Everyone is aware that different parts of the world are experiencing weather extremes. Under the heading “Changing climate forces desperate Guatemalans to emigrate”, National Geographic recently reported that “Drought and shifting weather are making it difficult for many small-scale farmers to feed their families, fuelling a human crisis”.
The Food and Agriculture Organisation and the World Food Programme of the United Nations are concerned that drought is having a considerable impact on the most vulnerable in Central America. It has led to a loss of 280,000 hectares of agricultural land in Guatemala, El Salvador and Honduras, as a result affecting the food security of more than two million human persons.
We are aware, even as a result of local experience, that drought and floods cause considerable damage to agriculture and are occurring with increasing frequency. Some countries are experiencing an acute lack of rain while others are experiencing a concentration of a year’s rainfall in the space of a few days. These changing patterns of the weather are the result of human behaviour, accumulated over a large number of years through ever-increasing carbon emissions.
Clearly, climate change threatens essential resources – such as water and food – on which communities depend, putting in question their very right to life.
The politics of Climate Change, on the initiative and insistence of island states, in particular Pacific island micro-states, is currently focusing on the need to limit increases in global warming to not more than 1.5 degrees Celsius. There is a consensus among the global scientific community that, beyond such an increase, a climatic apocalypse would be more likely. This will be the cause of not just more drought and floods but also of unprecedented rise in sea level, as a result wiping out coastal areas, and low-lying islands all around the globe.
The special report issued by the lnter-governmental Panel on Climate Change (IPCC) in October explains in detail the views of the global scientific community on the current state of play: it explains the science of climate change and the future of the Earth. A total of 224 leading scientists from 40 countries have assessed 30,000 scientific papers and their conclusions cannot be ignored.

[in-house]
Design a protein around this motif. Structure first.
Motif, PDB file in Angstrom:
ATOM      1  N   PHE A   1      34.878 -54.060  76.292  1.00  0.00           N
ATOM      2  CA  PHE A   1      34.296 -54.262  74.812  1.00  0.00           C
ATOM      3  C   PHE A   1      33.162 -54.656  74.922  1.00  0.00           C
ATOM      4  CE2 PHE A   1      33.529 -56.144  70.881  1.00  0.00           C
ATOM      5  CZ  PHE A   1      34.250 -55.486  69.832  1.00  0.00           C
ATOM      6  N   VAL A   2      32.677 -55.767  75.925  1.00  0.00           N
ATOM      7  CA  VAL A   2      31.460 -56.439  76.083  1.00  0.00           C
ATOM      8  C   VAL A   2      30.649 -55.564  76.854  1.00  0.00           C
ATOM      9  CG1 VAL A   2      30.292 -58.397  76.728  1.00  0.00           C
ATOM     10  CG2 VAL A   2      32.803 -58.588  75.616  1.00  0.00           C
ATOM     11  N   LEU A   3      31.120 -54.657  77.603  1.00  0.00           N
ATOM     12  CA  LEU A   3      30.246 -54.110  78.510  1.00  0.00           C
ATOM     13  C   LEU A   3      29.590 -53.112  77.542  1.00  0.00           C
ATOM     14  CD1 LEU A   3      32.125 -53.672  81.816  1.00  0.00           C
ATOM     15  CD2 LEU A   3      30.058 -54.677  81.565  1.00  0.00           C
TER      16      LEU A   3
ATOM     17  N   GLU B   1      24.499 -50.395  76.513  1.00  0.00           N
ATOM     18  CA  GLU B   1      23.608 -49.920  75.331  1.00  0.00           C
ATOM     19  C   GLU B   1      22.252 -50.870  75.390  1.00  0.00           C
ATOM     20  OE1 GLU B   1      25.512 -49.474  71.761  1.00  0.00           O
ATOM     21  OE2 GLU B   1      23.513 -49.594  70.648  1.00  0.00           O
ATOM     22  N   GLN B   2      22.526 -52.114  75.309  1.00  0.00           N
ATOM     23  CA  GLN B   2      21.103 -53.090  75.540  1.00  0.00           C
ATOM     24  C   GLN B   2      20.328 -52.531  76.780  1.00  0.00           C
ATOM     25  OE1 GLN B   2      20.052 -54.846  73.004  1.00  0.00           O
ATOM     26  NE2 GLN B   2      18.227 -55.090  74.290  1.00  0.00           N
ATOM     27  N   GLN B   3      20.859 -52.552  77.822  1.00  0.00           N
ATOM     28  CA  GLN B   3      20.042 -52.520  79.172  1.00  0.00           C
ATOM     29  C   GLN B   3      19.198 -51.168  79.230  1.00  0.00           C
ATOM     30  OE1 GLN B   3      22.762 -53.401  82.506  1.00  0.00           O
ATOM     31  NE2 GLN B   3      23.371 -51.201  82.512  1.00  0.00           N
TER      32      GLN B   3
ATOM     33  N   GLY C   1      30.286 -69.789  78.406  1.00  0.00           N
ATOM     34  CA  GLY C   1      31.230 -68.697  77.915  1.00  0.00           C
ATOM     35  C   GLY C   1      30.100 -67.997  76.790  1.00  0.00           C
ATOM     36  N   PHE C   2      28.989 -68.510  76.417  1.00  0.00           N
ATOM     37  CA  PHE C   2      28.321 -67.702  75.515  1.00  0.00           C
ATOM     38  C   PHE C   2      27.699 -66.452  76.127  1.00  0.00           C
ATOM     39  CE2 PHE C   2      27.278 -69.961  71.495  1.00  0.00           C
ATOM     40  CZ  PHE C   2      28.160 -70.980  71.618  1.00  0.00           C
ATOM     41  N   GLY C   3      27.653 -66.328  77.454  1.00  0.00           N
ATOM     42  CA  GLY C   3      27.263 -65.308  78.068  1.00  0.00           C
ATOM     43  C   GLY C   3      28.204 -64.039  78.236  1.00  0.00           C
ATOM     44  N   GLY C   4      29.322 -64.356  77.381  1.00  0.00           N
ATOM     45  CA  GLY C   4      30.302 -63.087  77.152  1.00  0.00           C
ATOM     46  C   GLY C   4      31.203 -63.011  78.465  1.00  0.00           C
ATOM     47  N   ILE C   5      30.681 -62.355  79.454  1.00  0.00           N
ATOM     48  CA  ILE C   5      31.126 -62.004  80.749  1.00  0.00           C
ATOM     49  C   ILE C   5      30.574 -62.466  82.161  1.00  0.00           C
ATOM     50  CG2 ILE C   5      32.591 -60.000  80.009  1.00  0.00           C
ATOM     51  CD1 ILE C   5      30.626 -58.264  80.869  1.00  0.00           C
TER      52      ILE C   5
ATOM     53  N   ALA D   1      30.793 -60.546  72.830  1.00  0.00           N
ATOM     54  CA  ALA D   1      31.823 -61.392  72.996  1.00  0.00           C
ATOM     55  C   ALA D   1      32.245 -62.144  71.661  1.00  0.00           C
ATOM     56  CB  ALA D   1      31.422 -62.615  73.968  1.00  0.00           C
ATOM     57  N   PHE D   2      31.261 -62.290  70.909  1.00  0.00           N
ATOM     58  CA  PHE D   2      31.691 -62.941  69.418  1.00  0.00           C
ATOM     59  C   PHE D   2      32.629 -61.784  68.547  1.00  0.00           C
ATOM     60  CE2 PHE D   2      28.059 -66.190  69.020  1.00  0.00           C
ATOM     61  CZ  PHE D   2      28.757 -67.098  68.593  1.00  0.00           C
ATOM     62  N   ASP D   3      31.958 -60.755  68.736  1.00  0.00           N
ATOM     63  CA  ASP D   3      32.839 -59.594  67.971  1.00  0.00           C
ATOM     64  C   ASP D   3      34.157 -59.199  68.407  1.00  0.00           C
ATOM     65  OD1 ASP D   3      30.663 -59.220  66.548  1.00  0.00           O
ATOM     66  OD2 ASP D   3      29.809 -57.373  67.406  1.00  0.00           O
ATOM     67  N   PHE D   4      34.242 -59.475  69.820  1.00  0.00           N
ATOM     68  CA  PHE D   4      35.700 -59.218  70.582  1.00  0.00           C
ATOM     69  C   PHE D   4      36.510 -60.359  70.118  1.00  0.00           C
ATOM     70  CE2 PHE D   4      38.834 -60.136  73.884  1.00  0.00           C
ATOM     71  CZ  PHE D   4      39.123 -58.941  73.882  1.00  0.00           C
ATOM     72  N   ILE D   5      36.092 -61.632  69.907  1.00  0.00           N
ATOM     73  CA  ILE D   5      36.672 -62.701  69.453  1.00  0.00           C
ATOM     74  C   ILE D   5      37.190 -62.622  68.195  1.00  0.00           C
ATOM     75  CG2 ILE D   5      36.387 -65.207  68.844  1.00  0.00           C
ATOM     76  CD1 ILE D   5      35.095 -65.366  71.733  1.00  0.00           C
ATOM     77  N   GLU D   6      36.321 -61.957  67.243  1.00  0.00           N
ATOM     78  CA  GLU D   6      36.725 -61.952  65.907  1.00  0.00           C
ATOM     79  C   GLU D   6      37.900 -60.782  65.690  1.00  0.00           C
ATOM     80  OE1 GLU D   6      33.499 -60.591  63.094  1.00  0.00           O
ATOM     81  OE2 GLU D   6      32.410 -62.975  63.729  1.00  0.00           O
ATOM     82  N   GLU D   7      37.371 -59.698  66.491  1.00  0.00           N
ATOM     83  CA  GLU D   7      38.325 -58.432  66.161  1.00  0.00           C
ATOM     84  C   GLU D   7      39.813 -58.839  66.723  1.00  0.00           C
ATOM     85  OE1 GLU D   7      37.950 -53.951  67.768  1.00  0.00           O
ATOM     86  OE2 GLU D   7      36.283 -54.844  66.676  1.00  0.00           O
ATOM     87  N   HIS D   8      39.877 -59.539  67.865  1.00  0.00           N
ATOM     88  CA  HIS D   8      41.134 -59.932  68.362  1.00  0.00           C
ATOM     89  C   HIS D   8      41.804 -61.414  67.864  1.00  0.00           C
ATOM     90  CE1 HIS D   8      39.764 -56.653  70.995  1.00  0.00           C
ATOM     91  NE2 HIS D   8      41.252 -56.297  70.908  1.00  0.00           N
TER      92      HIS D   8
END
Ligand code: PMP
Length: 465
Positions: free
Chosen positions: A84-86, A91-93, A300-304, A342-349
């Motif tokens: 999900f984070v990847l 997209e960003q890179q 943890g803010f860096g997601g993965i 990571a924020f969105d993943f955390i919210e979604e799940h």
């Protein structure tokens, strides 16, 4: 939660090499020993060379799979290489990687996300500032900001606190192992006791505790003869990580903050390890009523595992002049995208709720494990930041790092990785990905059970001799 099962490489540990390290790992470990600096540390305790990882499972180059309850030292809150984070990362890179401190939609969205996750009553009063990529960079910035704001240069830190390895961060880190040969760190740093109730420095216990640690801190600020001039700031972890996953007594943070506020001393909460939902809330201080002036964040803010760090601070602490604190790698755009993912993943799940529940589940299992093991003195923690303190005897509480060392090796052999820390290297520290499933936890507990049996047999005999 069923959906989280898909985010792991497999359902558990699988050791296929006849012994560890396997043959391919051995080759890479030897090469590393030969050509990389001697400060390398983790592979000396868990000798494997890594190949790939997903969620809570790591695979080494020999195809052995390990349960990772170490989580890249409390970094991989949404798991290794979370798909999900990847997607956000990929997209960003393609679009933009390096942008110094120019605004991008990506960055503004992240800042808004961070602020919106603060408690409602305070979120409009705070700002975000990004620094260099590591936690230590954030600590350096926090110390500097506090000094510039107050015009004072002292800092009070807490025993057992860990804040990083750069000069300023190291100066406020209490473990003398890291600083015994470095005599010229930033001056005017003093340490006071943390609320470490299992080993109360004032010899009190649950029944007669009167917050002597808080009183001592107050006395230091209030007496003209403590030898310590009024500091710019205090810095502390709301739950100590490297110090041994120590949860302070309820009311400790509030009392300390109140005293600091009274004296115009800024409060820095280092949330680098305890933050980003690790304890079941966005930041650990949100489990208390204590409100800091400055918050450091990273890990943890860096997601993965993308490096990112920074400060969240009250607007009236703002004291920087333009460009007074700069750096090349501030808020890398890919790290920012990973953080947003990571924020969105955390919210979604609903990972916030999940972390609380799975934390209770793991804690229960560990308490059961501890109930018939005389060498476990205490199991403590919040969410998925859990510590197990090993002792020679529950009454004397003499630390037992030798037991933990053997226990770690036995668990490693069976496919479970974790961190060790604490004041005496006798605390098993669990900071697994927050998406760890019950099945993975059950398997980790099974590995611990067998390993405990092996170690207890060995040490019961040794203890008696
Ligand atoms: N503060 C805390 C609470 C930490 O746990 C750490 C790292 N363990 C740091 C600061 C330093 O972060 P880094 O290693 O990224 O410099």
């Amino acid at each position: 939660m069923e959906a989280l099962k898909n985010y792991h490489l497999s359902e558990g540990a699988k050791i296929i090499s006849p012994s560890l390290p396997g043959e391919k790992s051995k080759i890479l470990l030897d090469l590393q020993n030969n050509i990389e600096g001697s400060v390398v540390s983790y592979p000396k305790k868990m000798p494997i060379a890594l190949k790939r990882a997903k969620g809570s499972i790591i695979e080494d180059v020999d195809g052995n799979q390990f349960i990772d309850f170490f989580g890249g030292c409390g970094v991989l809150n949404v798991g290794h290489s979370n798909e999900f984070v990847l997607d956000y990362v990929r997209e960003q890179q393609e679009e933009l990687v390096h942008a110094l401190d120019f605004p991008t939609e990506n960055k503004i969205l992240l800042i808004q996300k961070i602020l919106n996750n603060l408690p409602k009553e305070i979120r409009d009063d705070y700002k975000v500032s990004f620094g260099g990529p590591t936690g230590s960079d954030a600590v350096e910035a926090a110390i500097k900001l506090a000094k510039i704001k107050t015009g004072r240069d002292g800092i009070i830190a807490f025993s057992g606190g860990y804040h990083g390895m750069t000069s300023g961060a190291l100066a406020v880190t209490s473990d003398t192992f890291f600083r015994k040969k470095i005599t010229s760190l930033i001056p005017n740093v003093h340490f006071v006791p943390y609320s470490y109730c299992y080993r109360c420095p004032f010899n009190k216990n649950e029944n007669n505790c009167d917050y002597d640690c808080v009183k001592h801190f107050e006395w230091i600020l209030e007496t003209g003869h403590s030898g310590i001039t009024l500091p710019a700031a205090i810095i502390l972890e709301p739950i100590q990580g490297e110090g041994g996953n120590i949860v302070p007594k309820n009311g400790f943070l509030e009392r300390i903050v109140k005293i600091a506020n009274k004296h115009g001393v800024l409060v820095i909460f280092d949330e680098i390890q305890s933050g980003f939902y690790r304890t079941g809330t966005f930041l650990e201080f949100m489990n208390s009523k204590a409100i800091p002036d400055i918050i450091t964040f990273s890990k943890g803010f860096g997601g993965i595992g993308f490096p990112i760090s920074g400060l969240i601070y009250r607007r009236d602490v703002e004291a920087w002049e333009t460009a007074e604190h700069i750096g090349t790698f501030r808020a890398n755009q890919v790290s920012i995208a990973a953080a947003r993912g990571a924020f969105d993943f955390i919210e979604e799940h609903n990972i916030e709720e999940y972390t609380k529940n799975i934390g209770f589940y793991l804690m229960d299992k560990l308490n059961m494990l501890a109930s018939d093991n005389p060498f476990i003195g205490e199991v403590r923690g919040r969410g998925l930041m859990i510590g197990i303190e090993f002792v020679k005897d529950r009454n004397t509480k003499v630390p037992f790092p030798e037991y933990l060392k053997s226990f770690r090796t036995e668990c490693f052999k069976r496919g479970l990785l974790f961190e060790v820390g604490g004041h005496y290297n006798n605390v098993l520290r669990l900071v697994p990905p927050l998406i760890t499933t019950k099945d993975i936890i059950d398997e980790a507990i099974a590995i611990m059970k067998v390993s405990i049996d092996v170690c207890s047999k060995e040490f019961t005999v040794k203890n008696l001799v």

Its report warns that the earth has already warmed by one degree Celsius more than the pre-industrial age. If we retain the present level of activity, we are warned that the temperature will rise a further half of a degree before the year 2050.
This is the reason why the scientific community considers that carbon emissions must be reduced, achieving net zero emissions before the year 2050. However, there are various pockets of resistance to attaining such an objective in a number of countries. So much that four of them (Russia, the United States, Kuwait and Saudi Arabia) have sought to water down the global consensus on the IPPC report conclusions in Katowice, at the climate change summit held earlier this month.
Each and every country has a role in achieving this substantial reduction of carbon emissions, subject to the principle of common but differentiated responsibility. Malta also has such a responsibility to contribute to a reduction of carbon emissions in order to ensure that the 1.5 degree barrier is not breached.
In Malta, the switching of energy generation from one dependent on heavy fuel oil to gas was a positive step. However, in the long term, this is not enough as gas is considered a transition fuel: a step on the path to energy generation completely dependent on renewable sources. We require more energy generated from the sun and wind and we also need to ensure that good use is made of energy generated from waves – so abundant in the sea around us. The application of technology will lead to the creation of new, sustainable jobs and simultaneously contribute to an improvement in the quality of life for everyone.
Transport, however, is still a major problem considering Malta’s carbon emissions due the astronomic increase in the number of cars on our roads. Unfortunately, instead of investing in sustainable transport, the government has embarked on a massive programme of further development of the road infrastructure which will only result in encouraging more cars on our roads. Consequently, this will cancel out the progress being achieved with the registered increase in the use of public transport.
To add insult to injury, the proposed tunnel below the seabed between Malta and Gozo is essentially a tunnel for the use of cars. It is estimated that, as a result of this tunnel, the vehicle movement between the two islands will increase from 3000 to 9000 vehicle movements daily over a 15-year period. An alternative sustainable service providing for the movement of people would be a fast ferry service from Gozo to the commercial centres of Malta. However, the encouragement of the use of cars is central to the projected tunnel as tolls will be paid by car owners.
All this runs counter to the National Transport Master-Plan 2025 which establishes the reduction of cars from Maltese roads as an achievable target.
Reducing the number of cars on our roads will not only improve the quality of the air we breath but will also be a small but important contribution to global climate justice through a reduction in carbon emission levels.
Climate justice is our responsibility too.